In simple terms, a bank scam is an attempt by unscrupulous persons or organizations to acquire financial assets from individuals or organizations, including small to medium enterprises (SMEs).
Large corporations routinely purchase fraud insurance or cyber liability policies, but smaller organizations often do not. Although it’s good protection, many SMEs see the insurance as an unnecessary expense; after all, the majority of SMEs believe cybercriminals target large corporations. However, SMEs are highly vulnerable targets. If a malicious attempt against a small business is successful and of large enough scope, the company might not be able to recover.
A Sampler of Recent Banking Scams
There are many methods used to commit banking scams against SMEs. For example, social engineering techniques include phishing and smishing to acquire individual or corporate login access at an institution. An organization’s employees or customers can also be exposed to fraud attempts via email, social networking sites, and Twitter. Criminals sometimes use malicious programs to drain an organization’s assets, which can damage or ruin its reputation or business viability. They may target not only SMEs but also federally sponsored enterprises.
An FDIC and Patriot Act Scam
The FDIC is chartered with maintaining the stability of the US banking system, and the agency regularly issues warnings about the latest banking scams. But the FDIC’s name can be misused in an attempt to gain information that could then be used to victimize individuals and organizations with which they do business. Let’s look at a recent example that involves the FDIC and the Patriot Act.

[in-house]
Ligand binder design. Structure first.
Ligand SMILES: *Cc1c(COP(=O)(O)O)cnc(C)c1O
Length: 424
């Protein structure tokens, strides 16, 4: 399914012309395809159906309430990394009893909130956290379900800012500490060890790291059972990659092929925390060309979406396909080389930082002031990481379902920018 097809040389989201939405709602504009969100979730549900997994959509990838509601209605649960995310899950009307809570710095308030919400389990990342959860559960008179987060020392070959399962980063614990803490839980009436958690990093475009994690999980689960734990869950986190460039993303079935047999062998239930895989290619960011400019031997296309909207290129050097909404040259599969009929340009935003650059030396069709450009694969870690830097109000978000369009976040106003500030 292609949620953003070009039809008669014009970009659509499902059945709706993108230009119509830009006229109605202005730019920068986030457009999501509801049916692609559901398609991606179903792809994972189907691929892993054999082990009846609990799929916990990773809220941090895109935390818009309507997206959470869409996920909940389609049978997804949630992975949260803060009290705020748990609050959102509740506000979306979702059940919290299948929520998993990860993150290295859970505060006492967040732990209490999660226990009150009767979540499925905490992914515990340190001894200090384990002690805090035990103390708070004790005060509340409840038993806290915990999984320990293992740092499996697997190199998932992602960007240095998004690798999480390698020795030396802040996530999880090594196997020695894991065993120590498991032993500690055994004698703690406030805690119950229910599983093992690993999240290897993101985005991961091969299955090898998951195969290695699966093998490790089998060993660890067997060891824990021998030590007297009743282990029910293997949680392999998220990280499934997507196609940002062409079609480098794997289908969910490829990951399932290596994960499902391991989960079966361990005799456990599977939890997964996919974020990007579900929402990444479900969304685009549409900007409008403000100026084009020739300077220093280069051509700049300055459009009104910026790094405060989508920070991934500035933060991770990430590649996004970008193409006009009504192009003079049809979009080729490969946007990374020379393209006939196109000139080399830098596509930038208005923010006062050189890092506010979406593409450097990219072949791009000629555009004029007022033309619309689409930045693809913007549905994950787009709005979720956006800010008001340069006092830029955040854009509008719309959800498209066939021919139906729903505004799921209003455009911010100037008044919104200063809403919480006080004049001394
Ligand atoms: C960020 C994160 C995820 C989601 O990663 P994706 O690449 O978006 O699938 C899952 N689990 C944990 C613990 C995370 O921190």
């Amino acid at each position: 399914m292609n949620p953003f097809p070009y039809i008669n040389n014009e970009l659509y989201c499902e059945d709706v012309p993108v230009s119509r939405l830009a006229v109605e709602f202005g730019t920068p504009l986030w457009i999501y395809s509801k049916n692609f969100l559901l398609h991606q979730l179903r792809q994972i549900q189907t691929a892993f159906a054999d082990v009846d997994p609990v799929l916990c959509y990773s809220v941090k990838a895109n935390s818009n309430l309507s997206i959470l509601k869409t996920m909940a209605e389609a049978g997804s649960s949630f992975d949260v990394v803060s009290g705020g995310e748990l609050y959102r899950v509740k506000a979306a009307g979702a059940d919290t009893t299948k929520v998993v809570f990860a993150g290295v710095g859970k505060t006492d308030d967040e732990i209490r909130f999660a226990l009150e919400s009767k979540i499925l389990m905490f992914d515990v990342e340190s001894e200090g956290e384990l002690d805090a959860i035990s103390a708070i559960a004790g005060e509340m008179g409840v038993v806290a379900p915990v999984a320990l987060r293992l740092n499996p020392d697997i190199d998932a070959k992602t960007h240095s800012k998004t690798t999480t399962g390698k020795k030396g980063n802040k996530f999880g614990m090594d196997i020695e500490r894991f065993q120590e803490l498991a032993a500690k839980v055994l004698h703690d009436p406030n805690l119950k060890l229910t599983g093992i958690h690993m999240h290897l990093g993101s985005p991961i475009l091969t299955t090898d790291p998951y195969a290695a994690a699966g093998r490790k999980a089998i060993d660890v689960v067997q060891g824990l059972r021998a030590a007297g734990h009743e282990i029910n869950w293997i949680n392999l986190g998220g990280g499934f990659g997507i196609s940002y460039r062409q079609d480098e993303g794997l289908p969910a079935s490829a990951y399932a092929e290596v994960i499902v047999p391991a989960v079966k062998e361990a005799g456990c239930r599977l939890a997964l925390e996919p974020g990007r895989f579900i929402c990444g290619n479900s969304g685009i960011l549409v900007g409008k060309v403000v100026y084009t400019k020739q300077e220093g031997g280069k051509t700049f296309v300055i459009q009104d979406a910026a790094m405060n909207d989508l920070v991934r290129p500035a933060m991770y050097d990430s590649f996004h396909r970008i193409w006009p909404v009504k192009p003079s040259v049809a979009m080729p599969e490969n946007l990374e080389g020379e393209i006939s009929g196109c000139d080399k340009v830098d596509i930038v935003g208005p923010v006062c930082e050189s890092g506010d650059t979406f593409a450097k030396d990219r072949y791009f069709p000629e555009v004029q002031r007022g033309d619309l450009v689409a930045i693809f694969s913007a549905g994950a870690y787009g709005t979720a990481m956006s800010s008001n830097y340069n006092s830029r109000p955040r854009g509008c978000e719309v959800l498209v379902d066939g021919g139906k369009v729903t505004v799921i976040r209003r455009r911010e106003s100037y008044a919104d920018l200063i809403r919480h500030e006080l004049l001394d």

On January 12, 2011, the FDIC issued special alert SA-10-2011. In this alert, the FDIC stated that several customers had received fraudulent emails claiming to be from the FDIC. These bogus emails said that the FDIC, “in cooperation with the Department of Homeland Security, federal, state and local governments,” had removed its insurance protection against the customer’s account due to “suspected violations of the Patriot Act. “The message threatened to terminate insurance for the recipient’s account, and “all records of your account history will be sent to the Federal Bureau of Investigation in Washington D.C. for analysis and verification.”
The email also attempted a phishing scam. It requested that the customer click a link, supposedly to an FDIC IDVerify system (which doesn’t actually exist), to enter confidential information. Upon entering the fraudulent FDIC site, however, malicious software would be downloaded to the customer’s computer.
The FDIC special alert described methods to identify this specific email scam, including the content of the subject line and body of the email. The FDIC, like most other responsible organizations with protective or other fiduciary responsibility to its customers, doesn’t send unsolicited emails.
If you receive suspicious email invoking the name of the FDIC, the Patriot Act, or another federal agency and believe it’s a scam, you should report it to the FDIC. You can forward the email to alert@ fdic.gov or call the FDIC directly at 877-ASK-FDIC.
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